STAUNTON — It was during a design seminar years ago that Heather Hopkins first realized why she and Pnina Jalon worked so well together.
The interior design experts were asked to draw something that expressed their design process. Hopkins drew a spiral, starting on the inside and working her way out. She noticed that Jalon had also drawn a spiral, but went the opposite direction, outside to inside. To this day, Hopkins said that is the best description of their working relationship.
“We are very opposite in some ways, very similar or even exact in other ways,” Hopkins said. “But we do have different approaches that I think gets us to a happy medium.”
They have been business partners for a little over four years, creating an interior design company called Studio Broad in Charlottesville. They’ve now opened a showroom for Studio Broad in downtown Staunton at 113 W. Beverley St. That location is between Stuart Hall’s Eastham Center and Blu Point Seafood.
Hopkins and Jalon signed the lease for the space Nov. 1 and they’ve already hosted a couple of holiday events since then.
“We saw that Staunton had a need for the niche,” Hopkins said. “A lot of Stauntonians would go to Charlottesville for that and they don’t need to go to the mountain for that any more.”
Jalon said it’s important to have a retail space just to give clients or potential clients a sense of who she and Hopkins are.
“The other part of that is that it allows you to mix with people, other than a random call or someone reaching out on a computer,” Jalon said. “There’s something about being able to come into a space and meet somebody.”
They picture their space as a hub for the design community, a chance to introduce them to materials that they may not be aware of, especially sustainable materials. They use a lot of materials that are environmentally friendly and they pay close attention to the life cycle of those materials. The two have spent time vetting their suppliers to make sure they meet criteria that the two feel is important.
“Everything that we show in our showcase, everything that we spec for our clients, has as many characteristics as we can find of environmental sustainability,” Hopkins said. “That’s what sets us apart from IKEA or Crate and Barrel, places that are a little more mass market than what we are going to be.”
They are planning on some cocktail and business after hours as well as some morning coffee chats with the community starting in the very near future.
Although only being partners for four years, the two have each been in the business for 25 years.
“When we work with our clients, we kind of help them within their own environment, whether it’s helping them just stage or rearrange a few pieces up to new construction or renovation construction,” Hopkins said. “We’ll work with the clients however they want.”
The partners have a diverse experience ranging from commercial and residential architecture, interior design, landscape, events, staging, and visual display.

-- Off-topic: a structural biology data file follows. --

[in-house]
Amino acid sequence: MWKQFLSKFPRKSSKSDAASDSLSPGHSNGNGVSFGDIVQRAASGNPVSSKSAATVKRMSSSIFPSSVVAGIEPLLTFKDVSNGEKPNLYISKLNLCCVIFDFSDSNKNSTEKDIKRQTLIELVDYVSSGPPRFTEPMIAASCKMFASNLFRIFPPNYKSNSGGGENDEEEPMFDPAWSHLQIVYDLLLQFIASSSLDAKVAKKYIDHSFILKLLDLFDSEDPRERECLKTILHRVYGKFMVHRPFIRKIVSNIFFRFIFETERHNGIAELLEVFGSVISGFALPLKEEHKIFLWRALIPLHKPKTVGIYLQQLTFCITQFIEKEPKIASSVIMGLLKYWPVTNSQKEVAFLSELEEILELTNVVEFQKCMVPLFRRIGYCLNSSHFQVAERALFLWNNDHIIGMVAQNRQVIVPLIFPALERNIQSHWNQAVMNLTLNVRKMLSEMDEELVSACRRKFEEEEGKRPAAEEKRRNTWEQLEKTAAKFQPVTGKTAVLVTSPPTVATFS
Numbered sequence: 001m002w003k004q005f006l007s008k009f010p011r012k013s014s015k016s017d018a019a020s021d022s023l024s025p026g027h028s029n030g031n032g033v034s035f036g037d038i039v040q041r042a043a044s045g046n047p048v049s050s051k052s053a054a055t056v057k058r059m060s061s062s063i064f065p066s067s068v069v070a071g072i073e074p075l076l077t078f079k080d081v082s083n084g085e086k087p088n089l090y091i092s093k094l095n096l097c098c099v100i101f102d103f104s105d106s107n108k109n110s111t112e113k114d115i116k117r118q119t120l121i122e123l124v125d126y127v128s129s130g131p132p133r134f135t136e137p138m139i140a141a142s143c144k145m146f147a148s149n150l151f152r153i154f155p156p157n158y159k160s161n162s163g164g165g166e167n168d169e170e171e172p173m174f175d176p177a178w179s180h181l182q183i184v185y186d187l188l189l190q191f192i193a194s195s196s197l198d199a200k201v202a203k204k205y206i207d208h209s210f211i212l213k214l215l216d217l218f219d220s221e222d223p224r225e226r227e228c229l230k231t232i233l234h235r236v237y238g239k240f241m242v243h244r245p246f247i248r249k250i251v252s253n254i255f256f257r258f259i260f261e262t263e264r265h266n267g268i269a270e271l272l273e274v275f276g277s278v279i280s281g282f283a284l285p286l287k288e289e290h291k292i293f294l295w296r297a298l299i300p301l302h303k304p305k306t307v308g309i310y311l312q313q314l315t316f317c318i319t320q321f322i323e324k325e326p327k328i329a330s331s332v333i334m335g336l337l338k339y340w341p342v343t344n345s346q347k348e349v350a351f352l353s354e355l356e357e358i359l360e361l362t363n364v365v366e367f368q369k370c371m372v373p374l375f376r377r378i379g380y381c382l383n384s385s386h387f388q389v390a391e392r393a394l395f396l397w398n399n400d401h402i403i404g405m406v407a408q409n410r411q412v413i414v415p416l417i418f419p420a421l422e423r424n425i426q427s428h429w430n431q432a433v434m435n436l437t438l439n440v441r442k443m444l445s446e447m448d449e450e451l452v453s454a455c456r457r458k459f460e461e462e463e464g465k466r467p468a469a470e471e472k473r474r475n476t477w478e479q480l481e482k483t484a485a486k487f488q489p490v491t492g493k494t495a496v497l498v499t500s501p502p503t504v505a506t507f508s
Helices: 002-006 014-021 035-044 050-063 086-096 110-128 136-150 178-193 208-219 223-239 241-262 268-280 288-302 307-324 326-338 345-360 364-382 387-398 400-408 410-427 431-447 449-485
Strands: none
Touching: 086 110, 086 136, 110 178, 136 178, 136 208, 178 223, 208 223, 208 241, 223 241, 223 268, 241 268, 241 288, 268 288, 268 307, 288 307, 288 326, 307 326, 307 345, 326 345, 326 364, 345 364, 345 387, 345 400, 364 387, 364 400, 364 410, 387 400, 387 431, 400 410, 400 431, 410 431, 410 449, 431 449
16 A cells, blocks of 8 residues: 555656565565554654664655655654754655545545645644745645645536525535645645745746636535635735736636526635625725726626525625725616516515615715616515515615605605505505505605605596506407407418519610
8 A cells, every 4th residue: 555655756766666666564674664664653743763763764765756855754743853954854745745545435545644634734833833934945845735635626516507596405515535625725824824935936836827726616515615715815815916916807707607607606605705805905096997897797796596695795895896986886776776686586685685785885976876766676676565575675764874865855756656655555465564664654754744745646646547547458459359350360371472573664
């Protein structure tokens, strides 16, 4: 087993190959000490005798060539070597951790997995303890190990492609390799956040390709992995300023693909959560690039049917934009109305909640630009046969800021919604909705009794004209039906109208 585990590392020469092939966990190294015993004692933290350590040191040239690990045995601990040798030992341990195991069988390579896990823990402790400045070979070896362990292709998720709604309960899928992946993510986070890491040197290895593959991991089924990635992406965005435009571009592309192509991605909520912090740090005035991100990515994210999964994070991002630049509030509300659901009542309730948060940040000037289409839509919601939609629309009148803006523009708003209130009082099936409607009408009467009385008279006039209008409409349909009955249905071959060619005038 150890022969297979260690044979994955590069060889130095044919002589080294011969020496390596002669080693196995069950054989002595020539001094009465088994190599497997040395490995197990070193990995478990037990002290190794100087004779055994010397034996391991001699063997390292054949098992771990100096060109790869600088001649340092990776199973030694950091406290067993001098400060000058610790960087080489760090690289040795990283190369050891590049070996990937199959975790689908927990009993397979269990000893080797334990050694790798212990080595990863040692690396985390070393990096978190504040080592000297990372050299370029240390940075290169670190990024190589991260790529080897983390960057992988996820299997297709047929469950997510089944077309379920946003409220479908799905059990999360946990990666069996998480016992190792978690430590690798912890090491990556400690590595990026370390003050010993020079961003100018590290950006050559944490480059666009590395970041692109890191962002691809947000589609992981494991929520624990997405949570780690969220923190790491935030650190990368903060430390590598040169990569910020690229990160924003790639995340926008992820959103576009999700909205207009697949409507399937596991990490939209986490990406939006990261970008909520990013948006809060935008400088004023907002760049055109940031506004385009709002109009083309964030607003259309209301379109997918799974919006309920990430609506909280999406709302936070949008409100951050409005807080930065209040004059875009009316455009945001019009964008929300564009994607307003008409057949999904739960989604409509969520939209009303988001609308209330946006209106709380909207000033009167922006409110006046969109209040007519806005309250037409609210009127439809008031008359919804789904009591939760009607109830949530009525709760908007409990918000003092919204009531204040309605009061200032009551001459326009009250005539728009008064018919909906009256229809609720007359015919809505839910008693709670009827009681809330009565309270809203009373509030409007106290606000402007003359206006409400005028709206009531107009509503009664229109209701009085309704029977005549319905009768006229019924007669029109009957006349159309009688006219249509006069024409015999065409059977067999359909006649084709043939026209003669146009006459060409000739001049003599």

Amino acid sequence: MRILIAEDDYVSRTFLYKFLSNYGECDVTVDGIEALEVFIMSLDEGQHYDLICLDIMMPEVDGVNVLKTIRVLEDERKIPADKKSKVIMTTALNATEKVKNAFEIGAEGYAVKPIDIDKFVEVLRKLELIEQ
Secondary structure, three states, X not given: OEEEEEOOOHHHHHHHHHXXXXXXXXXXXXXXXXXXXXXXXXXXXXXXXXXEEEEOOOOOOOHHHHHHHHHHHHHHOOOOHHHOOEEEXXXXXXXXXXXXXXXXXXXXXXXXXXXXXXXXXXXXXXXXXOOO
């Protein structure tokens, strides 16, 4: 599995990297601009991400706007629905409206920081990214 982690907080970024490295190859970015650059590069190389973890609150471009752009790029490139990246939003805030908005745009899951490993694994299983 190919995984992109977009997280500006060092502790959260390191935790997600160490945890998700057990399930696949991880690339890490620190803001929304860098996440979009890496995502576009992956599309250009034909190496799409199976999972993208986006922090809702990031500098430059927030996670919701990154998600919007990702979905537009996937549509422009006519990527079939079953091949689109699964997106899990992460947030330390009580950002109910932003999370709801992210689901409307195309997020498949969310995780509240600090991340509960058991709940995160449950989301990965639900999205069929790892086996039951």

“We’ve kind of touched on a little bit of everything through the course of our careers,” Hopkins said.
Hopkins grew up in Ohio and attended college for interior design. She began her career in Richmond, then spent about a decade in Boston where she met her future husband, who is a Staunton native. That connection eventually brought them back to Virginia.
From an early age, Jalon was interested in a variety of arts, from sculpture to painting to dance. She wasn’t sure what path she would pursue but after attending art school, nothing really clicked. She found herself more drawn to architecture, enough so that she moved from New York to Los Angeles to attend the Southern California Institute of Architecture. Over time she became more interested in interior design.
The two met while working for a design firm in Nelson County. Even after leaving that job, they remained friends, eventually leading them to create this partnership.
Studio Broad hopes to have a grand opening at the end of January, although an exact date hasn’t been set yet. They are still waiting on inventory to arrive and want to finish some renovations in the space, so they are at the mercy of shipping and contractors as to when everything is complete.
The two have been thrilled with the reaction from those who have already stopped by the space. They’ve heard from many of those people just how beautiful everything looks.
“It’s incredibly encouraging and also heartwarming,” Jalon said. “Ultimately that is what we want. We want to provide a beautiful, cool, exciting place for people to visit, to come and get inspiration, to buy things that they can put in their homes or office that they love and makes them happy.”
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— Patrick Hite is a reporter at The News Leader. Story ideas and tips always welcome. Contact Patrick (he/him/his) at [email protected] and follow him on Twitter @Patrick_Hite. Subscribe to us at newsleader.com
This article originally appeared on Staunton News Leader: Staunton’s Studio Broad, an interior design space, opens on West Beverley